Updated on 12.10.10

Out With The Old, In With The New: Make Your Home More Energy Efficient

Trent Hamm

Throughout the month of December, The Simple Dollar is posting a daily series focusing on specific activities you can do right now to set the stage for a great 2011. Out with the old, in with the new.

11. Make your home more energy efficient.

Almost everyone who has a roof over their head has an energy bill that they have to face. Electricity. Heating oil. Natural gas. It’s a personal finance reality for all of us.

Thankfully, we all have ways in which we can easily reduce those energy bills without installing a windmill or using a bicycle-powered generator. Here are eight easy tactics you can do today to reduce your home’s energy use.

(Yes, I know long-time readers have seen many of these before. I’m mentioning them again because (a) they flat-out work and (b) I see tons and tons of homes where people haven’t done these things yet.)

Use more daylighting. Rather than walking into a room and immediately turning on the lights, consider just opening up the blinds or the curtains. Quite often, daylight provides all the lighting you need in a room without wasting energy (particularly if you then walk out of a room and leave the lights on).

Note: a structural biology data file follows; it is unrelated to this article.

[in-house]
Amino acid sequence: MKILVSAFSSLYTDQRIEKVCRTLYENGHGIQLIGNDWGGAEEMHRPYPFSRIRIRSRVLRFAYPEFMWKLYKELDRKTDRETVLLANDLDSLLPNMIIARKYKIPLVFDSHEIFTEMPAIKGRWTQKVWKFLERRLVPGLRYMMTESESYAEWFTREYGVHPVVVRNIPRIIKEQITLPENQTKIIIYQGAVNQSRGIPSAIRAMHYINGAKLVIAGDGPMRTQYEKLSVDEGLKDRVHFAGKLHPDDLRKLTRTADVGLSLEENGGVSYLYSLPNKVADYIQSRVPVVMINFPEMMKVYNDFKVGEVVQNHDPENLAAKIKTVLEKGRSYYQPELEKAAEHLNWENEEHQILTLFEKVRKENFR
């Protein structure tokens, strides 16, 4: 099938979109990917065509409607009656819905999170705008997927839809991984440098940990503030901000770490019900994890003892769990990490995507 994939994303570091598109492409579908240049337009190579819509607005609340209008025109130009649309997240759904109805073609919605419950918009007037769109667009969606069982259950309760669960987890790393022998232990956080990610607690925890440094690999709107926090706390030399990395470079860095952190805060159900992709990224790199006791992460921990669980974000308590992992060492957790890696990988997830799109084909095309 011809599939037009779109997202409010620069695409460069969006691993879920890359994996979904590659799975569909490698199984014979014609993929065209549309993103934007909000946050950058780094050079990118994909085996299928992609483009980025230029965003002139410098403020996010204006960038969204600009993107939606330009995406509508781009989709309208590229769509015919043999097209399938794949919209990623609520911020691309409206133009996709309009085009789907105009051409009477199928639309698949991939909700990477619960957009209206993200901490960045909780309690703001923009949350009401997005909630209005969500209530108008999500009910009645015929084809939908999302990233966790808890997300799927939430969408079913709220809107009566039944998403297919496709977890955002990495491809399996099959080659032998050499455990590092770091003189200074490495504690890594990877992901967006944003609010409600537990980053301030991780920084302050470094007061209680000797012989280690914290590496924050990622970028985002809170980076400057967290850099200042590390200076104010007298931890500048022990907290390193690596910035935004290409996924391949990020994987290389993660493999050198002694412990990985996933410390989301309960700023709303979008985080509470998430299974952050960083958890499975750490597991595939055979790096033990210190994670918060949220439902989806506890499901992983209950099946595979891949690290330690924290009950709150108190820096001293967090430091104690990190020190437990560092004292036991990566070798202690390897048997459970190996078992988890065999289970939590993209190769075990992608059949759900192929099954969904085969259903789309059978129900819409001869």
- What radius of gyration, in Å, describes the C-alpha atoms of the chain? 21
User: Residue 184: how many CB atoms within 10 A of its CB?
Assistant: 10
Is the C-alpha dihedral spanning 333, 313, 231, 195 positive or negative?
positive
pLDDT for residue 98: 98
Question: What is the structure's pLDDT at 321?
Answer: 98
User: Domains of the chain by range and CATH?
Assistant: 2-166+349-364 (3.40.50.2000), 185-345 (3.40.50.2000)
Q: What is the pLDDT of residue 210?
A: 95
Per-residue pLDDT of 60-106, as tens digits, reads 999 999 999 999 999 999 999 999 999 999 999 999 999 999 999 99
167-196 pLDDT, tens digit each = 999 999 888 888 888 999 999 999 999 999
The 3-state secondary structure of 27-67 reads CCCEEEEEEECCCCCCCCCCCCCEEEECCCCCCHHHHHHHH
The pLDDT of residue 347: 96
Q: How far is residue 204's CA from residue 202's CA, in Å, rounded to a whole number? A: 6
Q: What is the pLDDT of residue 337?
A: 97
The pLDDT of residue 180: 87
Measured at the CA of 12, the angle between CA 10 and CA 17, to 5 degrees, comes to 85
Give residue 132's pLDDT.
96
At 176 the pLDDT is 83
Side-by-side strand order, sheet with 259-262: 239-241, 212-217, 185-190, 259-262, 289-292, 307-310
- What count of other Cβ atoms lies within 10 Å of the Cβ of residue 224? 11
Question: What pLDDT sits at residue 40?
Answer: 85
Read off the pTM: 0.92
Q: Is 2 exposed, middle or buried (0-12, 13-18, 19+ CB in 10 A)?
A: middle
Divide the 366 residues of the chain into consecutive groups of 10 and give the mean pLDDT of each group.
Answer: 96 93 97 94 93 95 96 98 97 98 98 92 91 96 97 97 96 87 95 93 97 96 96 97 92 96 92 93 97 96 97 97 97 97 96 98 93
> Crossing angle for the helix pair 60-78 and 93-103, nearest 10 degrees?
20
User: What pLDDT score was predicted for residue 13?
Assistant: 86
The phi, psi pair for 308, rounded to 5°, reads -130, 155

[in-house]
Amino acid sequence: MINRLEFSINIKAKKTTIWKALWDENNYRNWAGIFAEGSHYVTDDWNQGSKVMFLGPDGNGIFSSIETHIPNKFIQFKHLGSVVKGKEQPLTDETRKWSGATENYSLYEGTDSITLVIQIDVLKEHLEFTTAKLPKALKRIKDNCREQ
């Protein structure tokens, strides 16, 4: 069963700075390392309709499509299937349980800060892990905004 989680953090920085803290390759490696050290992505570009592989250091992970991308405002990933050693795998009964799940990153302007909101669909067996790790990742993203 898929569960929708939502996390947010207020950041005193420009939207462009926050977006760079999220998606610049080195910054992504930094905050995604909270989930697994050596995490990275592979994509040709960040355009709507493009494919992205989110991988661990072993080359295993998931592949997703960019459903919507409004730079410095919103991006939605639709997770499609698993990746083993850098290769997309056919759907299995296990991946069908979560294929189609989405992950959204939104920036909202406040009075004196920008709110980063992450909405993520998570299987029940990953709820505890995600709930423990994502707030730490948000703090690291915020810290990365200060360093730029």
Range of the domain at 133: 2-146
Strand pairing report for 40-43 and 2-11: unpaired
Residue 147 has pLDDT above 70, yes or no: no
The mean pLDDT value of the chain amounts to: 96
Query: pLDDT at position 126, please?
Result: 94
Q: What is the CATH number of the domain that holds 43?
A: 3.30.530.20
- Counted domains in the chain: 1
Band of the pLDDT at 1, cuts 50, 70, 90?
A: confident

Install a programmable thermostat. Why do this? A programmable thermostat can be set to automatically adjust the temperature in your home without you ever needing to remember it. In the winter, the temperature at night can drop. During the summer, the temperature can rise when you’re at work. Steps like these keep your furnace or air conditioning unit from running constantly, saving on your energy bill.

Alter your typical home temperature. Hand in hand with a programmable thermostat is a little bit of adjustment of the typical temperature in your home. Lowering the temperature even a degree can make for significant energy savings over the cold winter months. Similarly, raising the temperature even a single degree can help quite a lot during the hot summer. We tend to adjust our home temperature right up to the edge of being uncomfortable.